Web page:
LOS ANGELES -- Adrián González knew the ball was gone as he saw it fly away, just like he knew the constant work he had put in would pay off.With a solo homer in the seventh inning, Gonzalez reached 300 home runs in his career during the Dodgers' 8-5 win
LOS ANGELES -- Adrián González knew the ball was gone as he saw it fly away, just like he knew the constant work he had put in would pay off.
With a solo homer in the seventh inning, Gonzalez reached 300 home runs in his career during the Dodgers' 8-5 win Sunday over the Red Sox at Dodger Stadium.
"I've seen a lot of those homers with me and against me -- 300, that's a big number," manager Dave Roberts said. "He's a guy that is very underrated right now in his career and the stability that he brings to a club. To get that big hit for us, for us to get the extra insurance, but also for him personally, I think that he doesn't really thrive and care much about individual accomplishments, but that's a big number and a lot to be said for his career."
Gonzalez is now one of seven active players with 300 homers and 400 doubles, joining Alex Rodriguez, Adrián Beltré, Carlos Beltrán, Albert Pujols, David Ortiz and Miguel Cabrera, all hitters who could one day find themselves in the Hall of Fame.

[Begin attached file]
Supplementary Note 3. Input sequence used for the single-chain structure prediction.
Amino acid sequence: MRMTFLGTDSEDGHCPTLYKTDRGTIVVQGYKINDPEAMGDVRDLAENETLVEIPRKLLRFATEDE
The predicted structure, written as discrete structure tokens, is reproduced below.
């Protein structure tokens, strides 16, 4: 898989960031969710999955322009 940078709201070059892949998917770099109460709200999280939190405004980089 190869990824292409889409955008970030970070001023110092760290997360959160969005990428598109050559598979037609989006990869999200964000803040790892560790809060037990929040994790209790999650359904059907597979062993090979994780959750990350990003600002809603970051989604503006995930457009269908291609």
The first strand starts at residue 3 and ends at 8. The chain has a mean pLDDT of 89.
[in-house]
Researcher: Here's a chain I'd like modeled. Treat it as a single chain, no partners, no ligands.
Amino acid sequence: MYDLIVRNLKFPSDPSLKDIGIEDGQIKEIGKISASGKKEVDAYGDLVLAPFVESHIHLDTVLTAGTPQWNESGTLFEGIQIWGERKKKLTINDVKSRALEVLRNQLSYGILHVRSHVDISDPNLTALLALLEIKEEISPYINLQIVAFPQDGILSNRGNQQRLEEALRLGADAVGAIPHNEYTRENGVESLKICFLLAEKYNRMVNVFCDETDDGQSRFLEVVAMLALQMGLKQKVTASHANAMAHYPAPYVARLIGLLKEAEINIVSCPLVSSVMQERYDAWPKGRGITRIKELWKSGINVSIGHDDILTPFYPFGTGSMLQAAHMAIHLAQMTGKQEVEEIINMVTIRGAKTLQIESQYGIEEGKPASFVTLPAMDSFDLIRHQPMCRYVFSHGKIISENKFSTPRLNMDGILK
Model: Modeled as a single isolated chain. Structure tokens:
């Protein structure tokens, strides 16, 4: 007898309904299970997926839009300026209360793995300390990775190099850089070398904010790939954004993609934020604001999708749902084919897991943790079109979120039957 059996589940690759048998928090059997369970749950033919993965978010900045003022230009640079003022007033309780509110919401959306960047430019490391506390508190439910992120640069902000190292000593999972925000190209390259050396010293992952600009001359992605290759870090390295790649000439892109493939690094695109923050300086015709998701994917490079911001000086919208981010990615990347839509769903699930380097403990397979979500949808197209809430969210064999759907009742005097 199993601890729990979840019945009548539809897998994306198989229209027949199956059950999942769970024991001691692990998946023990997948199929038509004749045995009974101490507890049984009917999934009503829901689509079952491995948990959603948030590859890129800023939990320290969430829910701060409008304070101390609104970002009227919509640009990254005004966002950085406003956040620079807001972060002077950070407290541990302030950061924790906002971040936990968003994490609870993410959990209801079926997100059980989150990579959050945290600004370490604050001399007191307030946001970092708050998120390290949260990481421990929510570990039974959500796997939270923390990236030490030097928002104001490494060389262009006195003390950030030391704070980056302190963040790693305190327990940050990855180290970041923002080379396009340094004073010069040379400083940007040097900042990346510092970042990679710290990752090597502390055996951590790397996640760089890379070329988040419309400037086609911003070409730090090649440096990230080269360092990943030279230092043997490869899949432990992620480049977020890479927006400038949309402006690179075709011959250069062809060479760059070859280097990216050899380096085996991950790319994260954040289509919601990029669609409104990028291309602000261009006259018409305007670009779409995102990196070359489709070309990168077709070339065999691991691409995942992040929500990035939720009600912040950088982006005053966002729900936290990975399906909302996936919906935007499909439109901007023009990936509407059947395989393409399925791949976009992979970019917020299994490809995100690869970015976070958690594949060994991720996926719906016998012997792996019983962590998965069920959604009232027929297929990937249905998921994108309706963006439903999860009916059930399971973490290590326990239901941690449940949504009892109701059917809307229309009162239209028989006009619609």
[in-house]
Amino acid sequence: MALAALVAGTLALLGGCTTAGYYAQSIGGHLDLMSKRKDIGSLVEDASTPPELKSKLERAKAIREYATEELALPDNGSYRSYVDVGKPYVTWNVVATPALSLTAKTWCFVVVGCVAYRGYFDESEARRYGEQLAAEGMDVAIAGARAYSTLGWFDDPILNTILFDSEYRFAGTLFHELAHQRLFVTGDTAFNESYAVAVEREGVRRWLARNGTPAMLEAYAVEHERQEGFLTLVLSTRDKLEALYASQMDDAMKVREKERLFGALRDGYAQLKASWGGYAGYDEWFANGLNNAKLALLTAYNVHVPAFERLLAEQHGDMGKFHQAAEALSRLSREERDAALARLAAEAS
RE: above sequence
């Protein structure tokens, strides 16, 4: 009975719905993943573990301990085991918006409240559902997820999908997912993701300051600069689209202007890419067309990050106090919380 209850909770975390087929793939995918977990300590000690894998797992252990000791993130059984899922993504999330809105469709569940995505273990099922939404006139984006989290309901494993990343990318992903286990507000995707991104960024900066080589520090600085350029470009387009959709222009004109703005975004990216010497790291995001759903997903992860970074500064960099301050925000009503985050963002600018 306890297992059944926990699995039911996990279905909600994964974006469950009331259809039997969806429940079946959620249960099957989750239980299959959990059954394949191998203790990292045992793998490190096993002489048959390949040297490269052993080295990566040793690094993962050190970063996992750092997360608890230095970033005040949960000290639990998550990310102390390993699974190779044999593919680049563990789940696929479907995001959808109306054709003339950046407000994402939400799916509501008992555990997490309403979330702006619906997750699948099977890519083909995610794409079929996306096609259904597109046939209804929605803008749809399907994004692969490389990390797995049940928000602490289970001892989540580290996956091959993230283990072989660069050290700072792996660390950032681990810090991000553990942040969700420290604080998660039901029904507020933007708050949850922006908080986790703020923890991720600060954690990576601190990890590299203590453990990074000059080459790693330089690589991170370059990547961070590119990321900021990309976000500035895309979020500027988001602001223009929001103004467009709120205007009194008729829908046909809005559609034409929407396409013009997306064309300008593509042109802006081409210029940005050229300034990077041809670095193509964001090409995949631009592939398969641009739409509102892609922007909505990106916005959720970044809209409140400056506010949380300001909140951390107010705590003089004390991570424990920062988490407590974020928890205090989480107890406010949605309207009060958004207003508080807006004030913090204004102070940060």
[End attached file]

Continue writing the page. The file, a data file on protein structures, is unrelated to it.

The home run, which came off right-hander Junichi Tazawa in the seventh inning, was Gonzalez's 10th of the season. He will get to take the ball home, too, as the fan who caught it decided to exchange it for a few items of signed merchandise.
The accomplishment serves as another indicator the 34-year-old first baseman might be turning his 2016 season around. Since June 27, around the time he decided to focus on strength training, Gonzalez is hitting .355 with eight doubles and four home runs.
"I'm a guy that's always tweaking," he said. "I'm never the same stance or same approach, so I'm always looking for something and when it feels really good, I ride with it."
Gonzalez said the larger adjustment came in his strength training, focusing on weights to find the power stroke that has been somewhat dormant this season. While the homer and a double Sunday increased his slugging percentage to .418, its highest mark since May, he is still on track to post his lowest slugging percentage since he was a 23-year-old with the Rangers.
That's one more thing Gonzalez believes will come as long as he trusts the process that took him to 300 homers.
"You don't second-guess yourself," Gonzalez said. "You know the ability is there, you know the process is there, everything is there. I know for me, earlier in the year, it was more about my body feeling right than anything else. The last month, it's been feeling really good. I know the at-bats are going to be there and all I got to do is figure out a way to swing at the right pitches."
Jack Baer is a reporter for MLB.com based in Los Angeles.